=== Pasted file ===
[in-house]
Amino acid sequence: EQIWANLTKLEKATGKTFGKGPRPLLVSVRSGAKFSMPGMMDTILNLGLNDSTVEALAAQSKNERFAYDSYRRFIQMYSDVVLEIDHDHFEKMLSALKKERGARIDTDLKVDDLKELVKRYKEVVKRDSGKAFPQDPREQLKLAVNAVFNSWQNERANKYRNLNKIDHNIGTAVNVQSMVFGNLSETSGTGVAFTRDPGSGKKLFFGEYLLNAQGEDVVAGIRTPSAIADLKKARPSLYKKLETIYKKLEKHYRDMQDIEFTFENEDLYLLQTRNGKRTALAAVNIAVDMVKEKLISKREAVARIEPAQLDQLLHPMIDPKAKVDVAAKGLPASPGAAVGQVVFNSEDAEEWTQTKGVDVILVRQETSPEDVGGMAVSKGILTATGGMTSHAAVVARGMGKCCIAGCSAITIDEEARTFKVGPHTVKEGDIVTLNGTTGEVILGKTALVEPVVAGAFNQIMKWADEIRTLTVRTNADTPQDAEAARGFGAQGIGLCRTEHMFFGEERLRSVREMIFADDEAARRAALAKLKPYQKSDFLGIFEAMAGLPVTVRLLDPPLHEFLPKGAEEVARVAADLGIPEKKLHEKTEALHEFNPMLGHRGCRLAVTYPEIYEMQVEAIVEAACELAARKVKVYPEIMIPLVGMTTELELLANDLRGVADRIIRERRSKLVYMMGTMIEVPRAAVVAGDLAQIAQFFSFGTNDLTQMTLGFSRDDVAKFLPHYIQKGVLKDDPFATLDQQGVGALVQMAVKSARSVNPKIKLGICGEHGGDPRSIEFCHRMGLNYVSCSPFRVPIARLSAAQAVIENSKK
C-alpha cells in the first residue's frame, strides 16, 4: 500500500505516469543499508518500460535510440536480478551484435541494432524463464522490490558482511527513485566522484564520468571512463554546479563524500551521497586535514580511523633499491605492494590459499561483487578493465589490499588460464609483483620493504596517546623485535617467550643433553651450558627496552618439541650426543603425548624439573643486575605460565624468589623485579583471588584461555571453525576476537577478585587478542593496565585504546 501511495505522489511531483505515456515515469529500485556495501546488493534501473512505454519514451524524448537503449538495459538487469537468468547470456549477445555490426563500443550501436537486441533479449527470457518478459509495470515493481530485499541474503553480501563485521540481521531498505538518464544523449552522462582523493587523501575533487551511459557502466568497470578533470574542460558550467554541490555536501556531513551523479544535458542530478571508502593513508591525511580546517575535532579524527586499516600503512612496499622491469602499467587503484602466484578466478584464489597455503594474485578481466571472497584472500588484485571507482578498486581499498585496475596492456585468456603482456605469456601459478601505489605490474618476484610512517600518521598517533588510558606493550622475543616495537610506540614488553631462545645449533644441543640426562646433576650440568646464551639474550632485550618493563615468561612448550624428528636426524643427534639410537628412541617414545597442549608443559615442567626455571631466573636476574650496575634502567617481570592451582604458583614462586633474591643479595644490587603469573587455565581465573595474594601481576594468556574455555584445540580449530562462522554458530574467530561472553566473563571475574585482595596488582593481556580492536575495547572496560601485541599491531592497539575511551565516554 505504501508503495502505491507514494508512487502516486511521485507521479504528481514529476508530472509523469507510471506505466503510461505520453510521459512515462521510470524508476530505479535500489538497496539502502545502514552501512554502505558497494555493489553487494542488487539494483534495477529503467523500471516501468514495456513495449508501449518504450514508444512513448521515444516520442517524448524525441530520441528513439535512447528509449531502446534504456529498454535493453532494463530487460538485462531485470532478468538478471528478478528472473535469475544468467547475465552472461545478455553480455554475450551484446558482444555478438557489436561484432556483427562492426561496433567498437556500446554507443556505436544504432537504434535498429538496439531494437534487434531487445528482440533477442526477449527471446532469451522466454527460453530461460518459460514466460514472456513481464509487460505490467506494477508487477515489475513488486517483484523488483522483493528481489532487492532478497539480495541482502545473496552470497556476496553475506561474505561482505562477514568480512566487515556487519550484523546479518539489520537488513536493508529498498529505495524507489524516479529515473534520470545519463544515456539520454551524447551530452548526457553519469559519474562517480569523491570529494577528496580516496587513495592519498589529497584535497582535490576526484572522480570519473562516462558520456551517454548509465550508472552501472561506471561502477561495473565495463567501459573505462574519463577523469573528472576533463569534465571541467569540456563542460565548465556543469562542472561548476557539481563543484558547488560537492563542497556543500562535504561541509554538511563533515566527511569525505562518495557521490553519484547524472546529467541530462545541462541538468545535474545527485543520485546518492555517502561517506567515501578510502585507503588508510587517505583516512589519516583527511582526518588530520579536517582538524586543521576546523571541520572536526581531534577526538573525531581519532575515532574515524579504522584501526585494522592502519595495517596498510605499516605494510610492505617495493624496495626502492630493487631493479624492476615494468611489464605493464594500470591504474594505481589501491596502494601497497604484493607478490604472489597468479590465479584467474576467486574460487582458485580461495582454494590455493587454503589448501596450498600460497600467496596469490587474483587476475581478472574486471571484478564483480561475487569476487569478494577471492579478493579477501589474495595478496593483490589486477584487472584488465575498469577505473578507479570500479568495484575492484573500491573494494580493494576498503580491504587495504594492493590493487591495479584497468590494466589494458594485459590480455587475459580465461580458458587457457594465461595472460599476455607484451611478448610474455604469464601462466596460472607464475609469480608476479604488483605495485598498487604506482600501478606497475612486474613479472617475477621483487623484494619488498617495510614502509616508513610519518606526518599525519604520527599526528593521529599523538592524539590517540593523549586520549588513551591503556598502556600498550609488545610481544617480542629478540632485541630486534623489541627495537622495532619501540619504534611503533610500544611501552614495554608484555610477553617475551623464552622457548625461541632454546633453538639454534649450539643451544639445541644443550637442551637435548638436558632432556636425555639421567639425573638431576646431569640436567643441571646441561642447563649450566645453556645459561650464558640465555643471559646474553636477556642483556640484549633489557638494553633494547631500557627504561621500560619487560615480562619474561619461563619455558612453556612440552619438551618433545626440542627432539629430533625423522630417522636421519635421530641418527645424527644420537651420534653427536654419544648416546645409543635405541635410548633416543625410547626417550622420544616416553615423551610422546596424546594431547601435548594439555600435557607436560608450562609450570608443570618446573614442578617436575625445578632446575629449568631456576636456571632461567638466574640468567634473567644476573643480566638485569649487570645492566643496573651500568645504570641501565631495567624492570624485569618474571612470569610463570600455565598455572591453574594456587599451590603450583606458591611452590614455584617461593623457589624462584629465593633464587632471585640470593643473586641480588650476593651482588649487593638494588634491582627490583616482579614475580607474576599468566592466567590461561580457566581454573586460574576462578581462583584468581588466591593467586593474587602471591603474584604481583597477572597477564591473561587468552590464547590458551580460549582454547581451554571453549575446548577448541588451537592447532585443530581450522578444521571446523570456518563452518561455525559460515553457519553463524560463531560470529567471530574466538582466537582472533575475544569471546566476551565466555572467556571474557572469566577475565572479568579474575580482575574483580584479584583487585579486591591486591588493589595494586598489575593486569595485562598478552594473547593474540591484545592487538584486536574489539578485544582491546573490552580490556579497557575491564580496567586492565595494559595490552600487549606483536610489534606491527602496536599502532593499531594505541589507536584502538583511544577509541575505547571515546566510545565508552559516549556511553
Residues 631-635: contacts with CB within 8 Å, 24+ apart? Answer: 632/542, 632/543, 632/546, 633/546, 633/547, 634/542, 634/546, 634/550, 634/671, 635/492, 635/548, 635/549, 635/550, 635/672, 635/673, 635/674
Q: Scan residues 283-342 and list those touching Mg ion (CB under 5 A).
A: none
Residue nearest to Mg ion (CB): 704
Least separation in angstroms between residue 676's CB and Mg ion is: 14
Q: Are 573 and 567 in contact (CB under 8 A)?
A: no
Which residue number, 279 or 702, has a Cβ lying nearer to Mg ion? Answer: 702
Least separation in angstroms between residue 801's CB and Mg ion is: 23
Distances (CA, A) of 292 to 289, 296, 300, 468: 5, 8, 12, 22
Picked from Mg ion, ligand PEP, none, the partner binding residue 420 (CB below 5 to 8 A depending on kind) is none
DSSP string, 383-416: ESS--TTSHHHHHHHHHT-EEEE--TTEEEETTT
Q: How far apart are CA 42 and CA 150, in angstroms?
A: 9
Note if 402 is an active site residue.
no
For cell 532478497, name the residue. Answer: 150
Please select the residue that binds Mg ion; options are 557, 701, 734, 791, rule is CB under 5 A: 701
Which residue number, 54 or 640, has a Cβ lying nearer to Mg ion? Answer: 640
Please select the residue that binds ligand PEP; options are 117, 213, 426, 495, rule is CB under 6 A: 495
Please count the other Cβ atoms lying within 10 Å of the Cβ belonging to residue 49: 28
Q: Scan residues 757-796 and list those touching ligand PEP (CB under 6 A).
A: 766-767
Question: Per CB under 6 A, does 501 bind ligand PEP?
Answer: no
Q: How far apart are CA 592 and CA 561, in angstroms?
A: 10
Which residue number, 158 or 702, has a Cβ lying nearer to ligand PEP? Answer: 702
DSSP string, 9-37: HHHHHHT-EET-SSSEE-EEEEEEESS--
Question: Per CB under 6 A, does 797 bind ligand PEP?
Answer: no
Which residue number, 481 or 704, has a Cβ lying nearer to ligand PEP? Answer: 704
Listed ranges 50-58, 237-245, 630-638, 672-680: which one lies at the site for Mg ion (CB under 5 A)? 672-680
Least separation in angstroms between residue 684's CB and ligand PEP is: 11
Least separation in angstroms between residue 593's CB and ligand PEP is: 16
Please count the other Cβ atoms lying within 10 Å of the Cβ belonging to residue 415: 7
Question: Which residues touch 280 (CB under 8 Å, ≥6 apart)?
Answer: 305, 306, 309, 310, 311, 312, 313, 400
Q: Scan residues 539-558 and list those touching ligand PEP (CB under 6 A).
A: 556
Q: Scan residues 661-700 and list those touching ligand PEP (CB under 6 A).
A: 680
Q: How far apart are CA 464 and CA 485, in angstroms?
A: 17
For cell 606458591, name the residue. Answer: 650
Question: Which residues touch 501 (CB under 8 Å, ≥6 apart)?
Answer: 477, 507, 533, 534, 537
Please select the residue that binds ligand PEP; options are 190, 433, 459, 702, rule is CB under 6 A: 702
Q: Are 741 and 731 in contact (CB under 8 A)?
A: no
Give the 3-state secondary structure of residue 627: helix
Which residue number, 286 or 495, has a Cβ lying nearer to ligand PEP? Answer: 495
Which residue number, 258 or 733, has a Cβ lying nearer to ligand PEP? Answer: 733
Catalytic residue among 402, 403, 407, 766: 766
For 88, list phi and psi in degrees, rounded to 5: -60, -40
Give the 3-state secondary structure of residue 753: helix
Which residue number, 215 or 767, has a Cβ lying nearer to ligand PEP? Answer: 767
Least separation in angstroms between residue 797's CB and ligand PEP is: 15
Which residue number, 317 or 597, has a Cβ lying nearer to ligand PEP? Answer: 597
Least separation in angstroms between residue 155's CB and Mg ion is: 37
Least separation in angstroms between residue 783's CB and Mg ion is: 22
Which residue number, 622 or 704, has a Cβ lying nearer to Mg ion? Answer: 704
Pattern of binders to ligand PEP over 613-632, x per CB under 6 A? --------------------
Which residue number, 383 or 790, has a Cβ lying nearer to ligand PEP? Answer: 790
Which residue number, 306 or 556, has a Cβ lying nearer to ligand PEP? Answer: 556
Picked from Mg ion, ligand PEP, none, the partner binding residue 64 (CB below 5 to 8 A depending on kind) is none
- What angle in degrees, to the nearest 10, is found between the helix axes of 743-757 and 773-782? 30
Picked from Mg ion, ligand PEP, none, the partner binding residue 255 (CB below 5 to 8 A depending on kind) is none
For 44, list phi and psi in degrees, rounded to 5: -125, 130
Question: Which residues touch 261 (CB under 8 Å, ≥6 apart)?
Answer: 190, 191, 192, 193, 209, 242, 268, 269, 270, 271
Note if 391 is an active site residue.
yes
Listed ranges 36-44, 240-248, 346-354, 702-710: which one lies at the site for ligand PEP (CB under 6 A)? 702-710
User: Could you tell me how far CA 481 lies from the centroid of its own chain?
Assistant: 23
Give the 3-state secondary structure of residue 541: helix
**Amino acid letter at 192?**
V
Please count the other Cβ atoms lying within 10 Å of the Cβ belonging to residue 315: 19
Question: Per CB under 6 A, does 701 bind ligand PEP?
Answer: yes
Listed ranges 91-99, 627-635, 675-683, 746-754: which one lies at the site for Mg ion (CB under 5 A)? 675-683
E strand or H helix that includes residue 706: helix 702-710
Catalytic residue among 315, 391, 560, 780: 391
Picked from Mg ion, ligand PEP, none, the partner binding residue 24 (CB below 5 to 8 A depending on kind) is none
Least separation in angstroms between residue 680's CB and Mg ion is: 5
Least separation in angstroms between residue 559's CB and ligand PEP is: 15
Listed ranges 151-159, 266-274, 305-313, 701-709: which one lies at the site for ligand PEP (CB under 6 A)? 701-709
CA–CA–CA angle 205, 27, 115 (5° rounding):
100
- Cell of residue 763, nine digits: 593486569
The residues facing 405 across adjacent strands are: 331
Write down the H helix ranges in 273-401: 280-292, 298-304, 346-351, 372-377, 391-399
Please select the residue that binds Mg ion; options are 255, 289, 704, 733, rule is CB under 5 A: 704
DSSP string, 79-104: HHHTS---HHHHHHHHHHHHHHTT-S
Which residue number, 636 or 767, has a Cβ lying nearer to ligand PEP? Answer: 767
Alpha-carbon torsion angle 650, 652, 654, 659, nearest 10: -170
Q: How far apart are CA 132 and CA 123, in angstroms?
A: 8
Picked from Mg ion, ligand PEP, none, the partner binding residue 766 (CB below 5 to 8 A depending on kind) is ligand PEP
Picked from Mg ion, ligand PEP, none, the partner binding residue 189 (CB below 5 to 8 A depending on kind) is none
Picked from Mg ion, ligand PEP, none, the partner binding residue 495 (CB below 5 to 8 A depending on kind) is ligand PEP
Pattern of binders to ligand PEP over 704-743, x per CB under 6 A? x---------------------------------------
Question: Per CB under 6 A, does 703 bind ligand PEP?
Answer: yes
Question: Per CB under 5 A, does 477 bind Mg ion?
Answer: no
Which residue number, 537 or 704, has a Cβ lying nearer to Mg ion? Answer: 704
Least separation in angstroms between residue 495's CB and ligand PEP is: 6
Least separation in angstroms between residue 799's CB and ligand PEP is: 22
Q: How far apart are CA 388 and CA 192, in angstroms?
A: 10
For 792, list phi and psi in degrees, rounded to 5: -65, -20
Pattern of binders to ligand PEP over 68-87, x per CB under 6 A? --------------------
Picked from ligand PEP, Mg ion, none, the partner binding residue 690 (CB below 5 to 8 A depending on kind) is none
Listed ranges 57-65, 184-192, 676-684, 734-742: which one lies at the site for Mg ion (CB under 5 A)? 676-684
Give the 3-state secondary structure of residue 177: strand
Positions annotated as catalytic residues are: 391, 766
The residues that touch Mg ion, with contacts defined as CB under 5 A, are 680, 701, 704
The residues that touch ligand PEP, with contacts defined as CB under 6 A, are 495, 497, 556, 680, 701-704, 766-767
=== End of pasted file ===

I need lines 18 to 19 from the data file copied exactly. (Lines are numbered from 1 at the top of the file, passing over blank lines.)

Note if 402 is an active site residue.
no